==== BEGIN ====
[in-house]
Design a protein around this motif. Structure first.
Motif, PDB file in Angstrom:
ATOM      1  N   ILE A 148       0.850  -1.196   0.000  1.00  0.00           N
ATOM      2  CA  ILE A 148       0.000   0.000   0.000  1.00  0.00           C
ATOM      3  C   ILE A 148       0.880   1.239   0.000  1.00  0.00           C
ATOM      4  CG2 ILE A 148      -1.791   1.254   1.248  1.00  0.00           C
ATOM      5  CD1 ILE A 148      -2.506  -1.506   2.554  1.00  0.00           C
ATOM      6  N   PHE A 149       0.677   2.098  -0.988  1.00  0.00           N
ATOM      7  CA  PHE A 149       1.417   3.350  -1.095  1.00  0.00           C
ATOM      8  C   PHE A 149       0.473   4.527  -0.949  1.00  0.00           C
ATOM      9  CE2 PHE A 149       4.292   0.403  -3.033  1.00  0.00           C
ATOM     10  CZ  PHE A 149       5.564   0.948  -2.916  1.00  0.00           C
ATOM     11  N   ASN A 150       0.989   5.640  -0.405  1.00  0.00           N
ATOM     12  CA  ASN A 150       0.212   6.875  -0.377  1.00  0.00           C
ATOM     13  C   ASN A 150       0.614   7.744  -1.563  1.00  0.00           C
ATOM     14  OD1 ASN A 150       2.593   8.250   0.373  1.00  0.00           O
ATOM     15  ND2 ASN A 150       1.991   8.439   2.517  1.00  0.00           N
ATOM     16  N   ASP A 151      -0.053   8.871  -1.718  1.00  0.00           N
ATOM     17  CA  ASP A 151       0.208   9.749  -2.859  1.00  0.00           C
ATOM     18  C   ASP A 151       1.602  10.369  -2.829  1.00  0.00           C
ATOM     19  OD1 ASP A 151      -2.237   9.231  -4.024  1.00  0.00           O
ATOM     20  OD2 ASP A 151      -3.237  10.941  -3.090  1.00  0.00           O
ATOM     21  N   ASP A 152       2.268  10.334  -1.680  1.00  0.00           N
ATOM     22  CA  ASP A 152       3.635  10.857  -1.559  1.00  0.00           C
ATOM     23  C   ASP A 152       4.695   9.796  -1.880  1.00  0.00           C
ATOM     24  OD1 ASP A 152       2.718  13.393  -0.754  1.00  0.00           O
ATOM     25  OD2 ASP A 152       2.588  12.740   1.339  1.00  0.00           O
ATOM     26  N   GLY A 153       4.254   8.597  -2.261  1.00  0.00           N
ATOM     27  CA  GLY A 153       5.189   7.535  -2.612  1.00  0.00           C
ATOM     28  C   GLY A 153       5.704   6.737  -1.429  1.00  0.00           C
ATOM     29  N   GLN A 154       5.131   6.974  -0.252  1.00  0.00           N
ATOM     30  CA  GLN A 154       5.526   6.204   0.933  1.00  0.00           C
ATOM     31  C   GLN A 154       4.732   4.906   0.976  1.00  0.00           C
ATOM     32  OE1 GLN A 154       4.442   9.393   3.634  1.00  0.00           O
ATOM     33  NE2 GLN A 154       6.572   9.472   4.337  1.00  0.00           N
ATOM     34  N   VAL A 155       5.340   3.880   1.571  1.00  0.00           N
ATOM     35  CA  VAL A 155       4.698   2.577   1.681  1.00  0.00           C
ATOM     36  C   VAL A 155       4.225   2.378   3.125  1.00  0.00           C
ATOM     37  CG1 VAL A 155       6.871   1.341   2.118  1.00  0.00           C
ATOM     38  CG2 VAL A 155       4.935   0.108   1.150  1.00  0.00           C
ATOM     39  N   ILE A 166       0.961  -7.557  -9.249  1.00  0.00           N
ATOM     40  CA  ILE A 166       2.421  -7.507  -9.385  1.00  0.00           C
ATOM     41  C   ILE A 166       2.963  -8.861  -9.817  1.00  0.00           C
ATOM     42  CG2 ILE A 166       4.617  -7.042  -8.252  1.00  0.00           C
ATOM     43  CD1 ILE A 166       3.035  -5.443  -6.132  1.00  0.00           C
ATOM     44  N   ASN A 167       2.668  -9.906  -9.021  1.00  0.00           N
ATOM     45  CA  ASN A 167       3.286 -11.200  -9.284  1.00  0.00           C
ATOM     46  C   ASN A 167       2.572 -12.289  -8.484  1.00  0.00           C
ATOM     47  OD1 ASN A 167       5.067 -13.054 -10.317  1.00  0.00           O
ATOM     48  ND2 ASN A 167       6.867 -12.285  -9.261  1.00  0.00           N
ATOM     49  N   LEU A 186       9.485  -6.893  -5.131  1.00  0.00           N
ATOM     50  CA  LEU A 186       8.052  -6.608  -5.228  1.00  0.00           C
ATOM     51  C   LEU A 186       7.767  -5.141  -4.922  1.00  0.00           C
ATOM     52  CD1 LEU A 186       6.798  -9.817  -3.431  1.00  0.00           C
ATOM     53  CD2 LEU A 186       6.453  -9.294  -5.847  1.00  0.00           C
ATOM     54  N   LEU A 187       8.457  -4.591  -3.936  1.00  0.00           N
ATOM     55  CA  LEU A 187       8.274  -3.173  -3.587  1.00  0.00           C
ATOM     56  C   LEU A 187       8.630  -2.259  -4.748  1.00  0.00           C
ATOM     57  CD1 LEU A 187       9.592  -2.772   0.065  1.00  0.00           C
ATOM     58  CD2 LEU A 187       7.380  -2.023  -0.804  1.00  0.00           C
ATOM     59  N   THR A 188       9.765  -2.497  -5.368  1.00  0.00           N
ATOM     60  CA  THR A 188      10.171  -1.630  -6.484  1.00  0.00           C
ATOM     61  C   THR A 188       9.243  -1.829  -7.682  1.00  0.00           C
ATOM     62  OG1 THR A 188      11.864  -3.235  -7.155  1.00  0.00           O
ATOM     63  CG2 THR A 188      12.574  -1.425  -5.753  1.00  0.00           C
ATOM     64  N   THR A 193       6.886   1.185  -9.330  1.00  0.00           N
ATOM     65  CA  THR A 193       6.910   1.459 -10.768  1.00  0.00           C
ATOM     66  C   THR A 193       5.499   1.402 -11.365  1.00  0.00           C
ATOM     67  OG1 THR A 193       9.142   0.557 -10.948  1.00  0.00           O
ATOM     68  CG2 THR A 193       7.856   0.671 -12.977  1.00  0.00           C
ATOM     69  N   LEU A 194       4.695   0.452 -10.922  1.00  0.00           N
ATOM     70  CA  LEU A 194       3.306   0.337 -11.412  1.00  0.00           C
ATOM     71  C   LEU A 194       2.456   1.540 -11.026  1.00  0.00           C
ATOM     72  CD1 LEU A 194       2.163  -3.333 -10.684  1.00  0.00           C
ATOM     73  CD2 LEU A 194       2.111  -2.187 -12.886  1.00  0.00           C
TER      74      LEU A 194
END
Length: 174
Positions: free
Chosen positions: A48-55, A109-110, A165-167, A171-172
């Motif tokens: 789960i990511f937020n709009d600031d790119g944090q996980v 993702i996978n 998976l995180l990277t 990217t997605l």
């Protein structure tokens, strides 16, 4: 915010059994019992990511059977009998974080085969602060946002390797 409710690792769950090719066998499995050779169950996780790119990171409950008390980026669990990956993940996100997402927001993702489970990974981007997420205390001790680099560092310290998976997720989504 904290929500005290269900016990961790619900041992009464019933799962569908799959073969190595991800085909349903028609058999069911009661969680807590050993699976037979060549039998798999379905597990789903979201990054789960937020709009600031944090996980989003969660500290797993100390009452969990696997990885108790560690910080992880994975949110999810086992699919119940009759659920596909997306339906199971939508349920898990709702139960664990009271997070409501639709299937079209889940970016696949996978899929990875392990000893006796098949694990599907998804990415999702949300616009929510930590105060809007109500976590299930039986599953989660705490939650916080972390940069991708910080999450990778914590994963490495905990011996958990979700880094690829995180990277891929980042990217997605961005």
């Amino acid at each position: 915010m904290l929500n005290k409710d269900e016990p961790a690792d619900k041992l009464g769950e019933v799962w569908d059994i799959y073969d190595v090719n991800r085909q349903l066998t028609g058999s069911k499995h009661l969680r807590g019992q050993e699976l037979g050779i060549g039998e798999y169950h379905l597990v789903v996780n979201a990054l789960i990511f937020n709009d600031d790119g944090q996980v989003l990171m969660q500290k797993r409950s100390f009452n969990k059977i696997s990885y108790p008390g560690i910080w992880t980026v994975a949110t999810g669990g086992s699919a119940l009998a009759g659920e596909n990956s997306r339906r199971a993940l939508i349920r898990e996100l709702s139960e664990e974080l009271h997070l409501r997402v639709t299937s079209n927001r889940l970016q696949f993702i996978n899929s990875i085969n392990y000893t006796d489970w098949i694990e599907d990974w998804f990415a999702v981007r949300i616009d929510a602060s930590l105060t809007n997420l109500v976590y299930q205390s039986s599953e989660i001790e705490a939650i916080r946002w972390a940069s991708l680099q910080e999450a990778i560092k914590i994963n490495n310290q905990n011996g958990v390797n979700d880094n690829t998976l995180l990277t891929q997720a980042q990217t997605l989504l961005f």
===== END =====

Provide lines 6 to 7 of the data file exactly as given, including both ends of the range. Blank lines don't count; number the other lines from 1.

ATOM      3  C   ILE A 148       0.880   1.239   0.000  1.00  0.00           C
ATOM      4  CG2 ILE A 148      -1.791   1.254   1.248  1.00  0.00           C